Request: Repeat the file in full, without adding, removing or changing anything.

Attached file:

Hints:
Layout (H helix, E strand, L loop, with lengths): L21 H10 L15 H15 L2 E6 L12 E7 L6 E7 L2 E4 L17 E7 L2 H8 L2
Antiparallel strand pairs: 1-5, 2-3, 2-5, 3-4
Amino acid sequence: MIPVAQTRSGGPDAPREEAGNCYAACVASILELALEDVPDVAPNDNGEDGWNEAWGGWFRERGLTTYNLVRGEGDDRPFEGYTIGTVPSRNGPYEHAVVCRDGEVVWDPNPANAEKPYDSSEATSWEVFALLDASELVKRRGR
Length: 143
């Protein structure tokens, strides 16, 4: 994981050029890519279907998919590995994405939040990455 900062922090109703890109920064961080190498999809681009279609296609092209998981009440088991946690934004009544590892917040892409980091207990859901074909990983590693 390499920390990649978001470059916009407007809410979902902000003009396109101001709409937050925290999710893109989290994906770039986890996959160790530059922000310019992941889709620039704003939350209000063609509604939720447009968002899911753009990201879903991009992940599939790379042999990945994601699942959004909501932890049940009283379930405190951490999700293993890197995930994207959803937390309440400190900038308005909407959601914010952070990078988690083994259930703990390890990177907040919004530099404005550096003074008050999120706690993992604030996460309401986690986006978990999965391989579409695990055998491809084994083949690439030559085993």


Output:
Hints:
Layout (H helix, E strand, L loop, with lengths): L21 H10 L15 H15 L2 E6 L12 E7 L6 E7 L2 E4 L17 E7 L2 H8 L2
Antiparallel strand pairs: 1-5, 2-3, 2-5, 3-4
Amino acid sequence: MIPVAQTRSGGPDAPREEAGNCYAACVASILELALEDVPDVAPNDNGEDGWNEAWGGWFRERGLTTYNLVRGEGDDRPFEGYTIGTVPSRNGPYEHAVVCRDGEVVWDPNPANAEKPYDSSEATSWEVFALLDASELVKRRGR
Length: 143
């Protein structure tokens, strides 16, 4: 994981050029890519279907998919590995994405939040990455 900062922090109703890109920064961080190498999809681009279609296609092209998981009440088991946690934004009544590892917040892409980091207990859901074909990983590693 390499920390990649978001470059916009407007809410979902902000003009396109101001709409937050925290999710893109989290994906770039986890996959160790530059922000310019992941889709620039704003939350209000063609509604939720447009968002899911753009990201879903991009992940599939790379042999990945994601699942959004909501932890049940009283379930405190951490999700293993890197995930994207959803937390309440400190900038308005909407959601914010952070990078988690083994259930703990390890990177907040919004530099404005550096003074008050999120706690993992604030996460309401986690986006978990999965391989579409695990055998491809084994083949690439030559085993």